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Noufal G. K. | 26 June, 2020

Fixed Income Investing for Wealth Preservation


Fixed Income (FI) instruments are interest bearing investments. Bank Fixed Deposit (FD) is the most common example. There are many others like Government treasury bonds, corporate bonds, Corporate FD, Tax free bonds etc. Fixed Income instruments pay periodic interests (coupons) to its investors. Therefore, they are suited for regular income on a periodic basis. If interests are reinvested, they can provide long term safe and steady returns as well.
Fixed Income instruments are also known as bonds or debt. They form a much huge portion of the financial investment world, larger than equity. They are also easily accessible and easy to understand. They should form an integral part of an individual’s portfolio.

Investing in Fixed Income Instruments

Most common FI instrument is Bank FD. Investors can put money in a bank FD with a stipulated term (7 days to 10 years) with notified interest rate. Bank will pay periodic interests and principal at the end of the term. In general, FI instruments are issued by various agencies to meet their funding needs. That’s why they are also called debts. It may be the central government trying to bridge the budget deficit, or banks collecting funds for their lending business. It could even be corporate for their capital expenditure needs. These debts can be bought by an investor and the issuer will pay agreed upon interest periodically and principal at the end of the term.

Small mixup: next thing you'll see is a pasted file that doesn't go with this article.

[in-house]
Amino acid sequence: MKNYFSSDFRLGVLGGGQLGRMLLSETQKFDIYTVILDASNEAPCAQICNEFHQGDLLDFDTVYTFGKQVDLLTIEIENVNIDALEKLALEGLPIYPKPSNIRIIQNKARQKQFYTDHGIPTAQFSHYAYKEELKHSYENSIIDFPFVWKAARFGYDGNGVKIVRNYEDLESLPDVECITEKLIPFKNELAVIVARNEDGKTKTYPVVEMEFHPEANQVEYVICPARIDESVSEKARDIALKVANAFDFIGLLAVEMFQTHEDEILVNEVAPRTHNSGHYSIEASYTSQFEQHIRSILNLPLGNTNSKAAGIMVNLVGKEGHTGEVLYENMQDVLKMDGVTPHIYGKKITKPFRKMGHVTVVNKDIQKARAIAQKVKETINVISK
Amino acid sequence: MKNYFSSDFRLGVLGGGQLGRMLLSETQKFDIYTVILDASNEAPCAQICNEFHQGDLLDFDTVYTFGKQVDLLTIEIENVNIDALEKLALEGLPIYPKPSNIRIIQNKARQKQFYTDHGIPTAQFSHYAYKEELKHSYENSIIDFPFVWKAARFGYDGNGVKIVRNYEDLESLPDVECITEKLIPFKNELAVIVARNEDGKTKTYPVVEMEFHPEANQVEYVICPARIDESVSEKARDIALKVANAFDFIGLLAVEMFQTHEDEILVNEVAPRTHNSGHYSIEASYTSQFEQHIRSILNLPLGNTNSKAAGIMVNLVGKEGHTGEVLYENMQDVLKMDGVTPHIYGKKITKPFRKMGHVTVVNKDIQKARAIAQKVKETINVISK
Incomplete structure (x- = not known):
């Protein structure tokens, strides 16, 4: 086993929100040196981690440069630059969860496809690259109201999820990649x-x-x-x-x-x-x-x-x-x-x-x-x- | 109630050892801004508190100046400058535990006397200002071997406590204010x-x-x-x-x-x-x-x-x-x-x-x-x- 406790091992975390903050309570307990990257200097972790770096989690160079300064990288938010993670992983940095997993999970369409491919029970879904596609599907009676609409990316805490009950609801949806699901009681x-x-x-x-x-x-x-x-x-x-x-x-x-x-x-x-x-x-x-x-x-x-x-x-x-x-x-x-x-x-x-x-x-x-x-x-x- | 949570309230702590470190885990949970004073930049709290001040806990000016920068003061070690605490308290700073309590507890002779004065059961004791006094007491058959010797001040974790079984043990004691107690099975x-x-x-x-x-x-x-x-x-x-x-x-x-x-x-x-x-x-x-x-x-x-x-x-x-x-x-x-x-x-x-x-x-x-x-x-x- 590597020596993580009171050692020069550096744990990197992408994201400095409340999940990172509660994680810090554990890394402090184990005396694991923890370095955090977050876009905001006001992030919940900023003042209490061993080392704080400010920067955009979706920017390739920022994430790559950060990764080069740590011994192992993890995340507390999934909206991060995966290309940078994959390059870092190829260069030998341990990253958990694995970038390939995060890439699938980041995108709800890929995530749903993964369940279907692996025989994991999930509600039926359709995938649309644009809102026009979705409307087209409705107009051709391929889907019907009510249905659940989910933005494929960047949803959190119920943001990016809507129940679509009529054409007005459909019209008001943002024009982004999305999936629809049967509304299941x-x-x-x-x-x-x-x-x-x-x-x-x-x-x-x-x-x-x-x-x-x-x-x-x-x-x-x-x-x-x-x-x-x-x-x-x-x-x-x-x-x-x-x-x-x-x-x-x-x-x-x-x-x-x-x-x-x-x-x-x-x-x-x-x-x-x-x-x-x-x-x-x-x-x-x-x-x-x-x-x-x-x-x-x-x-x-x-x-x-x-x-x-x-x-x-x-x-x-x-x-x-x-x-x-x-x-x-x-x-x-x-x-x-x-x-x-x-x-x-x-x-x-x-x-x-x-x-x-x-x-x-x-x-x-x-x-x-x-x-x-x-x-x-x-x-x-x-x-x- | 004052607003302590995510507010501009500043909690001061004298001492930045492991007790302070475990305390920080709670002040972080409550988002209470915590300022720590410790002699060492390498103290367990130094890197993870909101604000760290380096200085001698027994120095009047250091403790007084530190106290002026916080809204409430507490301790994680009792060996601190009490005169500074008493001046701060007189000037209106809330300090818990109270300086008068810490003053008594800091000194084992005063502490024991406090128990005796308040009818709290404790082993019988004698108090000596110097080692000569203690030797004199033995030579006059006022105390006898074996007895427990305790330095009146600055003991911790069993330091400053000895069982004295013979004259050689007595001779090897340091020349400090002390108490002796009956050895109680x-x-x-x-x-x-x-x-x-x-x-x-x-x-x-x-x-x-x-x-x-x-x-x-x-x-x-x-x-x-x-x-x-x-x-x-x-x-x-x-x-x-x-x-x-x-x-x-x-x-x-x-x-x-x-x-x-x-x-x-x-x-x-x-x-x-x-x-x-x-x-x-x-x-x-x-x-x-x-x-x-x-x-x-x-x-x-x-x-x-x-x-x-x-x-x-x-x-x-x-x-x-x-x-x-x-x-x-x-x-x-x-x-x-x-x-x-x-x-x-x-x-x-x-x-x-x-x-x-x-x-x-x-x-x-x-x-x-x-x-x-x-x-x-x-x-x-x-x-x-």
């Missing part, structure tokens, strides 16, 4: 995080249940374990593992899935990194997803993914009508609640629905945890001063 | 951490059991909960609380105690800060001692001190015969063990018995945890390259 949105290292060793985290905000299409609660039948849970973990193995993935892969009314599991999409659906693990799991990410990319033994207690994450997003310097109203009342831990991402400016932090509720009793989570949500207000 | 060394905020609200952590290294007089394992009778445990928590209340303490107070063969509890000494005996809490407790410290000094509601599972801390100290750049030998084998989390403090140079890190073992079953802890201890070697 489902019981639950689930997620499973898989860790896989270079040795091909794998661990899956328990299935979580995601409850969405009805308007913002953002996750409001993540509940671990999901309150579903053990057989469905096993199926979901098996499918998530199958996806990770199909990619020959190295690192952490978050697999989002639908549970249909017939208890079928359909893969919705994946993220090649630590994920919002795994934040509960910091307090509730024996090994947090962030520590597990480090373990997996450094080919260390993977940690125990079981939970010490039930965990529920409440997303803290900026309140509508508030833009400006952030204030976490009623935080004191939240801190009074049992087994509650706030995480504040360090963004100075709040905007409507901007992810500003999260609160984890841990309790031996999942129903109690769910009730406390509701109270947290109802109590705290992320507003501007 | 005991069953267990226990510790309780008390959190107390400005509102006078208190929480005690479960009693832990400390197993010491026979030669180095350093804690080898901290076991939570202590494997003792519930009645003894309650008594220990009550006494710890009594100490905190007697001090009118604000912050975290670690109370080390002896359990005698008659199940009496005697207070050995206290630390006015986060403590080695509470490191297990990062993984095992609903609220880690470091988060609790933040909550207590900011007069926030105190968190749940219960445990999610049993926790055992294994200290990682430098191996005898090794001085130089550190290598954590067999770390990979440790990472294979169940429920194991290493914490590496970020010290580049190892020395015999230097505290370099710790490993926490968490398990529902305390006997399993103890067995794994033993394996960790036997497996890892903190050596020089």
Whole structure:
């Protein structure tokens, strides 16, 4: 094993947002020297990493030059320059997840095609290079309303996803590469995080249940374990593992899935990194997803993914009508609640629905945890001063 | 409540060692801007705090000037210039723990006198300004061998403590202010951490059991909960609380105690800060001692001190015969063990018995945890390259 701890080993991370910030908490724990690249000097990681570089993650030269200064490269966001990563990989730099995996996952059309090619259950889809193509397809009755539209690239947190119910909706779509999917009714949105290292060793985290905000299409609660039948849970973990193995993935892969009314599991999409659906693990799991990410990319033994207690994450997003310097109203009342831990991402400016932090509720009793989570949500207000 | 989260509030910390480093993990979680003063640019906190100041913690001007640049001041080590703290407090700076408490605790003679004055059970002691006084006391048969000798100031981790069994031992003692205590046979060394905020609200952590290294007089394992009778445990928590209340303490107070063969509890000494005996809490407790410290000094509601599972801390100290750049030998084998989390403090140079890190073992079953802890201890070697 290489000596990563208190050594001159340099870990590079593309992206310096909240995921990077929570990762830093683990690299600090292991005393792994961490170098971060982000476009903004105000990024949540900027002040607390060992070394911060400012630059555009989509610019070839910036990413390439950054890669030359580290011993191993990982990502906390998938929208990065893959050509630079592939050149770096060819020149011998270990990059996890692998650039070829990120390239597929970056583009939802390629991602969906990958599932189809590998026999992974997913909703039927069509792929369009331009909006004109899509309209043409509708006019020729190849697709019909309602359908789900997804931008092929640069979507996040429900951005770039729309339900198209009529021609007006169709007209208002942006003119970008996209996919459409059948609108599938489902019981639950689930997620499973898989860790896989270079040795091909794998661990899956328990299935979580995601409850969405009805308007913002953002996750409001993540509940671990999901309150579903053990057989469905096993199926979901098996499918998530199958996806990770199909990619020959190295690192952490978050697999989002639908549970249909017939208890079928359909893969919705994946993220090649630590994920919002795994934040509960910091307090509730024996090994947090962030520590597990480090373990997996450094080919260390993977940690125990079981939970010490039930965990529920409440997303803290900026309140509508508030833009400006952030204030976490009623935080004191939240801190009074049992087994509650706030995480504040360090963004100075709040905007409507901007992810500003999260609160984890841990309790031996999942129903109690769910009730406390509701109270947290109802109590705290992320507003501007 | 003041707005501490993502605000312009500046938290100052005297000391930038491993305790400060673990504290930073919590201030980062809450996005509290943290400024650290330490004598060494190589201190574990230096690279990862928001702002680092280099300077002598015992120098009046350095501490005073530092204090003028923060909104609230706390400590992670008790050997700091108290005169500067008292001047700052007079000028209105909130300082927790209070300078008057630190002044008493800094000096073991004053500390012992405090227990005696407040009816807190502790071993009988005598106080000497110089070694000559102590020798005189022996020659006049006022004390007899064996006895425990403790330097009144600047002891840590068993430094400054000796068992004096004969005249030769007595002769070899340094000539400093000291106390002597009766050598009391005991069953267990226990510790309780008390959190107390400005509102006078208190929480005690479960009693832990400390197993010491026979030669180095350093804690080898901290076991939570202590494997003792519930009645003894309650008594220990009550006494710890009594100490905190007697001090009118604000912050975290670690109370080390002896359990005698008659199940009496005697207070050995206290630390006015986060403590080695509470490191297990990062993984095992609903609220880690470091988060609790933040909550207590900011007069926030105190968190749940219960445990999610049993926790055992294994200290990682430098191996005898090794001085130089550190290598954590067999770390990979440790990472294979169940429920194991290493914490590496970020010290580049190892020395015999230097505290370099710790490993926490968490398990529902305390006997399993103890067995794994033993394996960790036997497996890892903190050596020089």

FI investment is less risky than equity investment. Issuer is legally obligated to pay the interest and payback principal, as per agreed terms. Many bonds are secured with assets of the issuer and thus provide additional protection. Safety of a bond is derived from credit worthiness of the issuer to make interest payment and return of principal. Governments don’t default on such payments and thus Govt issued binds (treasury bonds) are considered the safest. Safety of corporate bonds are generally less compared to government bonds or bank FD. Within corporate bonds, safety will depend on credit worthiness of the issuer. There are rating agencies who evaluate and rate such corporate bonds so investors can make a judgment before investing. For example, AAA and AA rated bonds are very safe compared to say BBB or BB rated.